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The University of Southampton

ORC researchers create ‘Speed of light’ fibre optic

Published: 25 April 2013
Professor David Richardson

By exploiting a characteristic of hollow-core optical fibres, researchers at the University of Southampton claim to have brought data transmission rates within touching distance of the speed of light.

In recent years, fibre optic cables have transformed the delivery of internet services due to their ability to transmit data over greater distances and at faster speeds than traditional copper wire.

In a recent research paper in the Journal 'Nature Photonics' , researchers at the University of Southampton reported that they have developed a hollow, air-filled fibre that transmits light far quicker in the absence of material that previously slowed it down.

A conventional fibre is made from two types of glass. At its centre lies a thin silica glass core that carries the light and is surrounded by a thicker layer of glass cladding, which is coated in polymer and then cabled for protection.

Because the cladding has a lower refractive index than the core, light is continually reflected back and forth in one direction down the core. This guidance mechanism, referred to as total internal reflection, slows the light down and means it propagates at roughly 70 per cent of its full potential speed in a vacuum.

A hollow-core fibre replaces the core and cladding with a single surround made of a fine mesh of struts made of silica glass, which confines the light in a hollow air-carrying region in the centre of the fibre. This allows light to propagate 31 per cent faster than in a conventional fibre, the researchers showed, and shortens the time it takes to travel from one end to another, known as latency.

“One way to increase the speed of the light in the fibre is to ensure that it is propagating in air rather than glass,” explains Professor David Richardson , Deputy Director at the University's Optoelectronics Research Centre (ORC). “We’ve developed a fibre where the light is confined by another guidance mechanism that results from light reflection at the multiple air:glass interfaces within the fibre cladding. This more complex mechanism, referred to as bandgap guidance, allows the light to be guided in an air rather than glass-core.”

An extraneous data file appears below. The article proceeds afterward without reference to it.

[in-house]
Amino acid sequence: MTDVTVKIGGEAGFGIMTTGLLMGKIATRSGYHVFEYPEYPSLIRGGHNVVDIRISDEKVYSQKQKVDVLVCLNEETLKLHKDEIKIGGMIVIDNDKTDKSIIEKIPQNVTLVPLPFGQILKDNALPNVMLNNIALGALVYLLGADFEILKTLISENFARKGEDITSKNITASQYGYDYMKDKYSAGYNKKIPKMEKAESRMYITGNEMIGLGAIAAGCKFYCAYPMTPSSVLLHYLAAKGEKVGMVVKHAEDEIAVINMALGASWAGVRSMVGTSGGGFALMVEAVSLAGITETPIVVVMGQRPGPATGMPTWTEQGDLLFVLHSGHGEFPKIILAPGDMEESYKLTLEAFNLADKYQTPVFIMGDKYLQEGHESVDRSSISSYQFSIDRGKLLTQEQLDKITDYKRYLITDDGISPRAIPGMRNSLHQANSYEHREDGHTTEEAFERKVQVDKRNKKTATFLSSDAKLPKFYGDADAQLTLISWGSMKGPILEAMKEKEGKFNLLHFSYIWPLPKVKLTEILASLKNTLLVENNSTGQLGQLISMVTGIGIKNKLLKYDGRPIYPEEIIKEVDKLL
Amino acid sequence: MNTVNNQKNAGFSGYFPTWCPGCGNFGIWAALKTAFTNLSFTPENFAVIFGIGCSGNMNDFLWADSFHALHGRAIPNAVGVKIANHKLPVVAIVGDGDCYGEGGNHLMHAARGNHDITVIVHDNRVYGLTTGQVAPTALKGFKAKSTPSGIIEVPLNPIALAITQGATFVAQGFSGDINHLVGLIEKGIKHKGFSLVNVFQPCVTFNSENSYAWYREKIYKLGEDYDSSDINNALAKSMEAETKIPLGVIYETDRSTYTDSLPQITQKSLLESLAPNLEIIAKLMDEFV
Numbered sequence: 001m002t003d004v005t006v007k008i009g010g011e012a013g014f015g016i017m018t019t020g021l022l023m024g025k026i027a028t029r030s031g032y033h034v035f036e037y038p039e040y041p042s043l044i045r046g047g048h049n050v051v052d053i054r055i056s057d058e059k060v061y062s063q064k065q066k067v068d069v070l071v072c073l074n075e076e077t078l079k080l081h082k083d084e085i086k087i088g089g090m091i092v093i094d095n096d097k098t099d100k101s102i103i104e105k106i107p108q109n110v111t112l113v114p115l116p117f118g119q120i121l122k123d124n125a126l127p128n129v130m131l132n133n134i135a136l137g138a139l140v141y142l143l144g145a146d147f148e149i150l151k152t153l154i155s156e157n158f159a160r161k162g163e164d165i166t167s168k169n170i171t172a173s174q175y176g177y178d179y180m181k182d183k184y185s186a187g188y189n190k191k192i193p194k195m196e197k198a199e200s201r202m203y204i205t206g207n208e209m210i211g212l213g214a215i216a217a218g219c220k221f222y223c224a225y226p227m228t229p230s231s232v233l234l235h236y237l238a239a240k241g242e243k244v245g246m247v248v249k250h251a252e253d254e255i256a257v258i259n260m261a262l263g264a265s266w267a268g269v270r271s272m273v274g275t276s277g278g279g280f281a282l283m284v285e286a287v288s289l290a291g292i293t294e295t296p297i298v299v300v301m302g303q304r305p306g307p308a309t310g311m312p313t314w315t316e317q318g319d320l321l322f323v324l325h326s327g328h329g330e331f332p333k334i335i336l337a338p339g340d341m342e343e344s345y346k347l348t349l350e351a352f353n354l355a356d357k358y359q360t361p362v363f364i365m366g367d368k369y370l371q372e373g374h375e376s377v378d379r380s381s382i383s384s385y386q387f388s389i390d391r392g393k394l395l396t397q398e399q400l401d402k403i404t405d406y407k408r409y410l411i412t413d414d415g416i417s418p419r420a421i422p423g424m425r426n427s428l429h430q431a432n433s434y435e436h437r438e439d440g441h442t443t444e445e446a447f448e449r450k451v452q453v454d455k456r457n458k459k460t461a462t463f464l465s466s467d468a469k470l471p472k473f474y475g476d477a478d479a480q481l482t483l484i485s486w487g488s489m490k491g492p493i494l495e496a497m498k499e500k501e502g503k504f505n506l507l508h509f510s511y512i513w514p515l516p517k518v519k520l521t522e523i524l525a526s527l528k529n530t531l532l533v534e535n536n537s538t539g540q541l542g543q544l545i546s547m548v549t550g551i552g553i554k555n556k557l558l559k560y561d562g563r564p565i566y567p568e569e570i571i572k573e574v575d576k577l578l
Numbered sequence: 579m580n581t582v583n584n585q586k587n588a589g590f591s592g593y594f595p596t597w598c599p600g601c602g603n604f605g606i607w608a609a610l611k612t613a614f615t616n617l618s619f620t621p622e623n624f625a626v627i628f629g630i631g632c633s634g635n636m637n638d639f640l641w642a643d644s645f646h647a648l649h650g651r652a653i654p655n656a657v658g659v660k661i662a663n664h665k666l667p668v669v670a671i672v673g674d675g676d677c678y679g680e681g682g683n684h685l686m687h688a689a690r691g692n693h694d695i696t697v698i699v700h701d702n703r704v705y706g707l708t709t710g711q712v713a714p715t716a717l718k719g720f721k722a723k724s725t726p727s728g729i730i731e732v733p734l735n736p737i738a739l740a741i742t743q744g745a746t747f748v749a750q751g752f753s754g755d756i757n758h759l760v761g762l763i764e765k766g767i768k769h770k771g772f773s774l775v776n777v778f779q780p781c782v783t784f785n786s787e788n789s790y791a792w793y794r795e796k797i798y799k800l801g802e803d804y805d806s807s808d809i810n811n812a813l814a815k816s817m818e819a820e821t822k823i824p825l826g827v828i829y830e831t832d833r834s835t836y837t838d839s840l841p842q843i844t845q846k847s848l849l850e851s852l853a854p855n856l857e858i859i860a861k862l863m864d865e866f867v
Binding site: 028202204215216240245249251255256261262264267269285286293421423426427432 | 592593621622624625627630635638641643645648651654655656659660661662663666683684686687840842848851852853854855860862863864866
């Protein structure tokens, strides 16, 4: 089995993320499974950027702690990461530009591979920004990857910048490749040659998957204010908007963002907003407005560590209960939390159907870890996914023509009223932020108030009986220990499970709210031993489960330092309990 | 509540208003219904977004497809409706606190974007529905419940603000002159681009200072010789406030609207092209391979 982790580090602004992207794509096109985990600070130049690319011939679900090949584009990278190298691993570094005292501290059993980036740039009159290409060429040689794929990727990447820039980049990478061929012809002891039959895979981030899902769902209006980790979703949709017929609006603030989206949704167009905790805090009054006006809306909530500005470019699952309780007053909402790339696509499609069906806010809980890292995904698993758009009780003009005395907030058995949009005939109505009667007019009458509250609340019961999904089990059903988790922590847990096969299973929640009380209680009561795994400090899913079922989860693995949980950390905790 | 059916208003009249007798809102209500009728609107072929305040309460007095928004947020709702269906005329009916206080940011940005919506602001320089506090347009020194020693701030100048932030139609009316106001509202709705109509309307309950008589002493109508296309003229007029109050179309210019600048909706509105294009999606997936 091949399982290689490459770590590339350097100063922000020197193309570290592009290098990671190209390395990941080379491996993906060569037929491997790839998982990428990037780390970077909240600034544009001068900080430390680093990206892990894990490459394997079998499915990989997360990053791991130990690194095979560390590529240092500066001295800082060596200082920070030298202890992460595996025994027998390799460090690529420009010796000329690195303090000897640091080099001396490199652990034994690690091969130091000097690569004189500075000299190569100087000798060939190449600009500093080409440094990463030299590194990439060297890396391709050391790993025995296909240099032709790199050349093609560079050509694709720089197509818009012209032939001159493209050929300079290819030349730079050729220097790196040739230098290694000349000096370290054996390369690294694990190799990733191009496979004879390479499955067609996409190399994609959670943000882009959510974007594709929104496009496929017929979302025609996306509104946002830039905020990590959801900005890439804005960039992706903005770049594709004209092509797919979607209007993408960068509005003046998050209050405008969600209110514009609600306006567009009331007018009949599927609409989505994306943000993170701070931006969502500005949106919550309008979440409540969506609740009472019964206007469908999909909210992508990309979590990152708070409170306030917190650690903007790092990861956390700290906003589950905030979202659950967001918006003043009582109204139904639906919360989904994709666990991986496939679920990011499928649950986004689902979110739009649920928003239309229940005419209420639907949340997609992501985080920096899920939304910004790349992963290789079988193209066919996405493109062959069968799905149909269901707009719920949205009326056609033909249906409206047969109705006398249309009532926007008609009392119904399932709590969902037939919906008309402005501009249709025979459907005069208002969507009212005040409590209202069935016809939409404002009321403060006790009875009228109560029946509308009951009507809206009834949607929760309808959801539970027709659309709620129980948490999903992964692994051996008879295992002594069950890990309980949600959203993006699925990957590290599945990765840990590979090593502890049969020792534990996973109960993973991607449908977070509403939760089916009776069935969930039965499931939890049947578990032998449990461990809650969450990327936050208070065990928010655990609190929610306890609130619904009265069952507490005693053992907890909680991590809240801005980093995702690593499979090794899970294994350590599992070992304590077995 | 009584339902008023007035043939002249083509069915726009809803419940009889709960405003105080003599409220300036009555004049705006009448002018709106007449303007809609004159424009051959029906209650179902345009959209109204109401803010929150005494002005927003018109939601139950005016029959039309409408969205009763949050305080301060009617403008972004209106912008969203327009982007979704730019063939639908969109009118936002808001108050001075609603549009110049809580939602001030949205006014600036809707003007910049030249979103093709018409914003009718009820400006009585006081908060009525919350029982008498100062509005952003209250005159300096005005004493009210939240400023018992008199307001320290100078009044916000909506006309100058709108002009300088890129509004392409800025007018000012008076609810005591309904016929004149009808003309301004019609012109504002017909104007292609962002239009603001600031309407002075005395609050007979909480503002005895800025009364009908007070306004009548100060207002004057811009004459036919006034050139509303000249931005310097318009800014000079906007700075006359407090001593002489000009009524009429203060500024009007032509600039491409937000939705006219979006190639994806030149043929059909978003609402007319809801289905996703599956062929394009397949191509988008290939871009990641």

The University is not the first to have produced hollow-core fibres. However, Professor Richardson says its researchers improved the characteristics of the fibre allowing it to carry light over a range of wavelengths using multiple spatial patterns of light vibration known as modes.

“The structure of conventional fibres typically only supports one fibre mode. Hollow structures generally support multiple modes, and in our research we managed to demonstrate that by controlling the injection of the data signals into the fibre, we could excite just a single mode, thereby readily allowing for high-fidelity data transmission.”

The researchers successfully demonstrated the first high-capacity, low-latency data transmission experiment performed using a hollow-core fibre. In this, they found that light propagated 31 per cent quicker than in a solid core fibre, increasing from 70 per cent of its full speed in a vacuum to 99.7 per cent. To put this in context, this means that data propagating in this fibre would arrived 1.54 microseconds/per km earlier that it would in an equivalent length of conventional solid fibre. Not only did the light almost travel at its fastest possible speed, but it did so with a very low loss of 3.5 dB per kilometre.

Exploiting more modes in a single fibre strand, each a separate information channel, yielded even better results. Professor Richardson adds:

“We have now launched independent data signals onto several modes of the fibre. By using three modes we were able to increase the capacity threefold,” he says. “We felt and feared that the hollow core structures wouldn't support more modes without degrading signal quality, but by exploiting a few tricks borrowed from wireless communications this proved not to be the case.”

Researchers at the University, who were supported with funding both from the European Union MODEGAP project and the UK Government's Photonics HyperHighway project to carry out the work, will now continue to push loss limits down further.

“We are optimistic that those loss limits can be reduced to values comparable with conventional fibre,” Professor Richardson adds. “If theory is believable, then we should be able to get them even lower than that, which would be significant.”

Eventually, the technology could see commercial adoption in a range of sectors. For traders, the low latency afforded by the hollow-core fibre would prove valuable in the race to get information first.

Next-generation number crunching super computers in data centres, too, could benefit from the combination of low latency and faster data transmission rates, which Richardson says reached up to 73.7 Terabits per second during tests carried out with Nokia Siemens in a German test lab earlier this year.

“For the technology to be adopted commercially, many issues still need resolving, such as how you reliably splice the fibres together and terminate the ends of the fibres to stop moisture getting into the holes and producing such fibres in high volume,” explains Professor Richardson. “At this stage, it's still very early in the research phase and we've just proven that the cables can work over kilometre scale distances, not hundreds of kilometres.”

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